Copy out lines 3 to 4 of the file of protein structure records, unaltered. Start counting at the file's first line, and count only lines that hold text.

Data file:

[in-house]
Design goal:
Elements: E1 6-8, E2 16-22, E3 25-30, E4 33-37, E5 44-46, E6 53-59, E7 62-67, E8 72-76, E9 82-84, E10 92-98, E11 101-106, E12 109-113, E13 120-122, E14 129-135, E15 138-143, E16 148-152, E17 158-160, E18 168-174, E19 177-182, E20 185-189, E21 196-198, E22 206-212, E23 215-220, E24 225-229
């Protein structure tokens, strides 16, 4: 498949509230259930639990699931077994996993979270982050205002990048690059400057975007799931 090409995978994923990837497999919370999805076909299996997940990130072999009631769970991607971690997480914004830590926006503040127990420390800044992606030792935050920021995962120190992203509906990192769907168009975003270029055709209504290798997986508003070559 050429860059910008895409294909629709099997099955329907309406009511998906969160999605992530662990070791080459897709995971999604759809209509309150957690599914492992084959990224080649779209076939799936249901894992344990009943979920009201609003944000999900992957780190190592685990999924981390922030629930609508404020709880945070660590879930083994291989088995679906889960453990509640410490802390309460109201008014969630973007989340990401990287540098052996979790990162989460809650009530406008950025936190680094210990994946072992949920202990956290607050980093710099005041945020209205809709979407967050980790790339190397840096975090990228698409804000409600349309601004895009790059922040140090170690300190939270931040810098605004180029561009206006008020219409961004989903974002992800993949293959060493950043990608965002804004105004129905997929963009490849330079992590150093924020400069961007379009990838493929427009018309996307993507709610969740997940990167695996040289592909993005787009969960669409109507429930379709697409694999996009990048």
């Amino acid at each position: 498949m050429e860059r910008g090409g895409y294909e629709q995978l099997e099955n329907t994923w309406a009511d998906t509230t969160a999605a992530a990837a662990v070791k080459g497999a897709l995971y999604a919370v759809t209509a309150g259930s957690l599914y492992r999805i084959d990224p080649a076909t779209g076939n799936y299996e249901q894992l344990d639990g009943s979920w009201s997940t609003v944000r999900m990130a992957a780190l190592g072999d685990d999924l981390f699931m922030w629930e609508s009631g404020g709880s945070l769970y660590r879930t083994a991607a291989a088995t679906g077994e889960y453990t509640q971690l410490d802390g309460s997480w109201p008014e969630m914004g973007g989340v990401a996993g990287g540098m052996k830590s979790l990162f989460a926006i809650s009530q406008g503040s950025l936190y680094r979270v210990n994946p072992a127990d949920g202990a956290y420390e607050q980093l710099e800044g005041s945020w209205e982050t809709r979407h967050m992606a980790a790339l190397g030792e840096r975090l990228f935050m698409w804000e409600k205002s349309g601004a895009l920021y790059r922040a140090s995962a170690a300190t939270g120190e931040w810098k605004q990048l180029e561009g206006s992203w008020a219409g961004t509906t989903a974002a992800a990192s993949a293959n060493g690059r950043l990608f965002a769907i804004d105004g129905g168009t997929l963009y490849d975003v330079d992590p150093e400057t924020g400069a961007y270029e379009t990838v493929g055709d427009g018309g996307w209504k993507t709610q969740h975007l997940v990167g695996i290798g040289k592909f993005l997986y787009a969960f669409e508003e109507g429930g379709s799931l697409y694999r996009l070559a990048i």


Elements: E1 6-8, E2 16-22, E3 25-30, E4 33-37, E5 44-46, E6 53-59, E7 62-67, E8 72-76, E9 82-84, E10 92-98, E11 101-106, E12 109-113, E13 120-122, E14 129-135, E15 138-143, E16 148-152, E17 158-160, E18 168-174, E19 177-182, E20 185-189, E21 196-198, E22 206-212, E23 215-220, E24 225-229
């Protein structure tokens, strides 16, 4: 498949509230259930639990699931077994996993979270982050205002990048690059400057975007799931 090409995978994923990837497999919370999805076909299996997940990130072999009631769970991607971690997480914004830590926006503040127990420390800044992606030792935050920021995962120190992203509906990192769907168009975003270029055709209504290798997986508003070559 050429860059910008895409294909629709099997099955329907309406009511998906969160999605992530662990070791080459897709995971999604759809209509309150957690599914492992084959990224080649779209076939799936249901894992344990009943979920009201609003944000999900992957780190190592685990999924981390922030629930609508404020709880945070660590879930083994291989088995679906889960453990509640410490802390309460109201008014969630973007989340990401990287540098052996979790990162989460809650009530406008950025936190680094210990994946072992949920202990956290607050980093710099005041945020209205809709979407967050980790790339190397840096975090990228698409804000409600349309601004895009790059922040140090170690300190939270931040810098605004180029561009206006008020219409961004989903974002992800993949293959060493950043990608965002804004105004129905997929963009490849330079992590150093924020400069961007379009990838493929427009018309996307993507709610969740997940990167695996040289592909993005787009969960669409109507429930379709697409694999996009990048």